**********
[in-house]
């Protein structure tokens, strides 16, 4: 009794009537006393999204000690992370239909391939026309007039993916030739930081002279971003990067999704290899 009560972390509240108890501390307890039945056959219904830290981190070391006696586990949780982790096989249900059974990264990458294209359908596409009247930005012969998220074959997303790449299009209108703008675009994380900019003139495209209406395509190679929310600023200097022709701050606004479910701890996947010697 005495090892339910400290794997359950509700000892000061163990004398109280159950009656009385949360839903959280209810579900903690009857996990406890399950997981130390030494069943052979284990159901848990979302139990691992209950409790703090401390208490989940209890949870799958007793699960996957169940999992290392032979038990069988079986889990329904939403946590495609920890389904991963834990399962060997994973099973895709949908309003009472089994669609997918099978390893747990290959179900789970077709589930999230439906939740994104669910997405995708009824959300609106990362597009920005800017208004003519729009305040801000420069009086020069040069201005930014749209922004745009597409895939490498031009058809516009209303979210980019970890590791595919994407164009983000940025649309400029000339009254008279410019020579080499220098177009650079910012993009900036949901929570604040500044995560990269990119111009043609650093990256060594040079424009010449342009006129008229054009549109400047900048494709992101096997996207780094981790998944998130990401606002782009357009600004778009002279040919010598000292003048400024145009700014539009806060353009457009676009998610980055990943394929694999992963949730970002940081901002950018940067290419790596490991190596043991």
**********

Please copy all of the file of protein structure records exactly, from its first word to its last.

[in-house]
């Protein structure tokens, strides 16, 4: 009794009537006393999204000690992370239909391939026309007039993916030739930081002279971003990067999704290899 009560972390509240108890501390307890039945056959219904830290981190070391006696586990949780982790096989249900059974990264990458294209359908596409009247930005012969998220074959997303790449299009209108703008675009994380900019003139495209209406395509190679929310600023200097022709701050606004479910701890996947010697 005495090892339910400290794997359950509700000892000061163990004398109280159950009656009385949360839903959280209810579900903690009857996990406890399950997981130390030494069943052979284990159901848990979302139990691992209950409790703090401390208490989940209890949870799958007793699960996957169940999992290392032979038990069988079986889990329904939403946590495609920890389904991963834990399962060997994973099973895709949908309003009472089994669609997918099978390893747990290959179900789970077709589930999230439906939740994104669910997405995708009824959300609106990362597009920005800017208004003519729009305040801000420069009086020069040069201005930014749209922004745009597409895939490498031009058809516009209303979210980019970890590791595919994407164009983000940025649309400029000339009254008279410019020579080499220098177009650079910012993009900036949901929570604040500044995560990269990119111009043609650093990256060594040079424009010449342009006129008229054009549109400047900048494709992101096997996207780094981790998944998130990401606002782009357009600004778009002279040919010598000292003048400024145009700014539009806060353009457009676009998610980055990943394929694999992963949730970002940081901002950018940067290419790596490991190596043991």